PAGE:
Doctors of the Church (Lat. Doctores Ecclesiae).—Certain ecclesiastical writers have received this title on account of the great advantage the whole Church has derived from their doctrine. In the Western Church four eminent Fathers of the Church attained this honor in the early Middle Ages: St. Gregory the Great, St. Ambrose, St. Augustine, and St. Jerome. The “four Doctors” became a commonplace among the Scholastics, and a decree of Boniface VIII (1298) ordering their feasts to be kept as doubles in the whole Church is contained in his sixth book of Decretals (cap. “Gloriosus”, de reliqu. et vener. sanctorum, in Sexto, III, 22). In the Eastern Church three Doctors were preeminent: Chrysostom, Basil, and Gregory Nazianzen. The feasts of these three saints were made obligatory throughout the Eastern Empire by Leo VI, the Wise, the deposer of Photius. A common feast was later instituted in their honor on January 30, called “the feast of the three Hierarchs”. In the Menaea for that day it is related that the three Doctors appeared in a dream to John, Bishop of Euchaitae, and commanded him to institute a festival in their honor, in order to put a stop to the rivalries of their votaries and panegyrists. This was under Alexius Comnenus (1081-1118; see “Acta SS.”, June 14, under St. Basil, c. xxxviii). But sermons for the feast are attributed in MSS. to Cosmas Vestitor, who flourished in the tenth century. The three are as common in Eastern art as the four are in Western. Durandus (i, 3) remarks that Doctors should be represented with books in their hands. In the West analogy led to the veneration of four Eastern Doctors, St. Athanasius being very properly added to the three hierarchs.
To these great names others have subsequently been added. The requisite conditions are enumerated as three: eminens doctrina, insignis vitoe sanctitas, Ecclesioe declaratio (i.e. eminent learning, a high degree of sanctity, and proclamation by the Church). Benedict XIV explains the third as a declaration by the supreme pontiff or by a general council. But though general councils have acclaimed the writings of certain Doctors, no council has actually conferred the title of Doctor of the Church. In practice the procedure consists in extending to the Universal Church the use of the Office and Mass of a saint in which the title of Doctor is applied to him. The decree is issued by the Congregation of Sacred Rites and approved by the pope, after a careful examination, if necessary, of the saint’s writings. It is not in any way an ex cathedra decision, nor does it even amount to a declaration that no error is to be found in the teaching of the Doctor. It is, indeed, well known that the very greatest of them are not wholly immune from error. No martyr has ever been included in the list, since the Office and the Mass are for Confessors. Hence, as Benedict XIV points out, St. Ignatius, St. Irenaeus, and St. Cyprian are not called Doctors of the Church.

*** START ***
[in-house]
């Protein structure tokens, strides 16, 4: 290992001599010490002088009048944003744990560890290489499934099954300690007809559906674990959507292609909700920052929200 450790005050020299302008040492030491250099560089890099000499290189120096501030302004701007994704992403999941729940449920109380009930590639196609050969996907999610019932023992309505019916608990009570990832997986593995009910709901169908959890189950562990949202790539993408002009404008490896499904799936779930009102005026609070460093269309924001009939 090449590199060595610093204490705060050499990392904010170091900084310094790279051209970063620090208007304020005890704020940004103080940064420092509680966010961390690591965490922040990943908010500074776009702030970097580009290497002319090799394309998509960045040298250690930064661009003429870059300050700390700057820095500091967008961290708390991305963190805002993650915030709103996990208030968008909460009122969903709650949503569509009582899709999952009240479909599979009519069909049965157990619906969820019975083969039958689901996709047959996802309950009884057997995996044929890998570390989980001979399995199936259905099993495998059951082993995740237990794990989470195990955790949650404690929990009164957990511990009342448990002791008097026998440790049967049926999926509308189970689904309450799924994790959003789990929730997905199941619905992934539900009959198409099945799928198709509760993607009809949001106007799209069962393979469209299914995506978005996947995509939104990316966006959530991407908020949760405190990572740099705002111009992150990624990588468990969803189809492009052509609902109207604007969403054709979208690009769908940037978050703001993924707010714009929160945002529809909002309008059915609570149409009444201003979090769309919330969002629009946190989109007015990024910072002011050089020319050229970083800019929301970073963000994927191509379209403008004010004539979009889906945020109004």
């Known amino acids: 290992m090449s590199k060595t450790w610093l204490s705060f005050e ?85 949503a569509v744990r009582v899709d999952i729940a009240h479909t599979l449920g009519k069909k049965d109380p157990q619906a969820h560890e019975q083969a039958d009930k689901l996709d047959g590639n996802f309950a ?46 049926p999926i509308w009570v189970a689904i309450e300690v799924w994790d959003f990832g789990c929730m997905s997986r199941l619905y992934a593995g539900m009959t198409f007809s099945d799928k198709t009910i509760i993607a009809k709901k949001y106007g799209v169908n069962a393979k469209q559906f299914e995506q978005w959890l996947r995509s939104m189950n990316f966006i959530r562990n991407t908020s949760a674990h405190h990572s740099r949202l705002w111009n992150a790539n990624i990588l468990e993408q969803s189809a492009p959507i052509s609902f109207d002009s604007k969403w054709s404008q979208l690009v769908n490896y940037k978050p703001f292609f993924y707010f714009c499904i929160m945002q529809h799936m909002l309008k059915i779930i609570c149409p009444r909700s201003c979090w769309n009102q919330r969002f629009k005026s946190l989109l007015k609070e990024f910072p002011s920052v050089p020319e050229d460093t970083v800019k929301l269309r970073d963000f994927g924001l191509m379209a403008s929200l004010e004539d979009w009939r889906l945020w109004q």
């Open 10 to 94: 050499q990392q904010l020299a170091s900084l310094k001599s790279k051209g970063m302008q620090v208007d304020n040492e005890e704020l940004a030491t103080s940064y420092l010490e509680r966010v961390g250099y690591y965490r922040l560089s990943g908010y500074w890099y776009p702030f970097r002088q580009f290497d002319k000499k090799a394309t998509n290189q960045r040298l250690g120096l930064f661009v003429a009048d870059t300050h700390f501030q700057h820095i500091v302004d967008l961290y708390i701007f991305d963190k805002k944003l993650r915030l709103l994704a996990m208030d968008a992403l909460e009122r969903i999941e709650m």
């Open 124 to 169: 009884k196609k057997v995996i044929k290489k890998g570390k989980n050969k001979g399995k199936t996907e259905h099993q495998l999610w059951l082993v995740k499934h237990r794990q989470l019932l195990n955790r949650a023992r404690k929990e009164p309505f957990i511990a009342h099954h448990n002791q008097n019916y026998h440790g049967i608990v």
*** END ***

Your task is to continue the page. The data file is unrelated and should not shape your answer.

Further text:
The proper Mass of Doctors has the Introit “In medio”, borrowed from that of the Theologus par excellence, St. John the Evangelist, together with special prayers and Gospel. The Credo is said. The principal peculiarity of the Office is the antiphon to the Magnificat at both Vespers, “O Doctor optime”, and it is rather by this antiphon than by the special Mass that a saint is perceived to be a Doctor (S. R. C., September 7, 1754). In fact, St. John Damascene has a Mass of his own, while Athanasius, Basil, Leo, and Cyril of Jerusalem have not the Gospel of Doctors, and several have not the collect. The feasts of the four Latin Doctors were not added to until the sixteenth century, when St. Thomas Aquinas was declared a Doctor by the Dominican St. Pius V in his new edition of the Breviary (1568), in which the feasts of the four Greek Doctors were also raised to the rank of doubles. The Franciscan Sixtus V (1588) added St. Bonaventure. St. Anselm was added by Clement XI (1720), St. Isidore by Innocent XIII (1722), St. Peter Chrysologus by Benedict XIII (1729), St. Leo I (a well-deserved but belated honor) by Benedict XIV (1754), St. Peter Damian by Leo XII (1828), St. Bernard by Pius VIII (1830). Pius IX gave (1851) the honor to St. Hilary and to two more modern saints, Alphonsus Liguori (1871) and Francis de Sales (1877). Leo XIII promoted (1883) the Easterns, Cyril of Alexandria, Cyril of Jerusalem, and John Damascene, and last of all the Venerable Bede (1899). The same pope, when, in 1882, he introduced the simplification of double feasts, made an exception for Doctors, whose feasts are always to be transferred.
There are therefore now twenty-three Doctors of the Church, of whom seven are Eastern, sixteen Western. Two are popes, two are cardinals, all but five are bishops. They include a Dominican, a Franciscan, a Redemptorist, and five Benedictines. For some of these the Office had previously been granted to certain places or orders—St. Peter Damian to the Camaldolese, St. Isidore to Spain, St. Bede to England and to all Benedictines. St. Leander of Seville and St. Fulgentius are kept as Doctors in Spain, and the former by Benedictines also, as he was in earlier times claimed as a monk. St. Ildephonsus has the Introit “In medio” in the same order (for the same reason) and in Spain, without the rank of Doctor.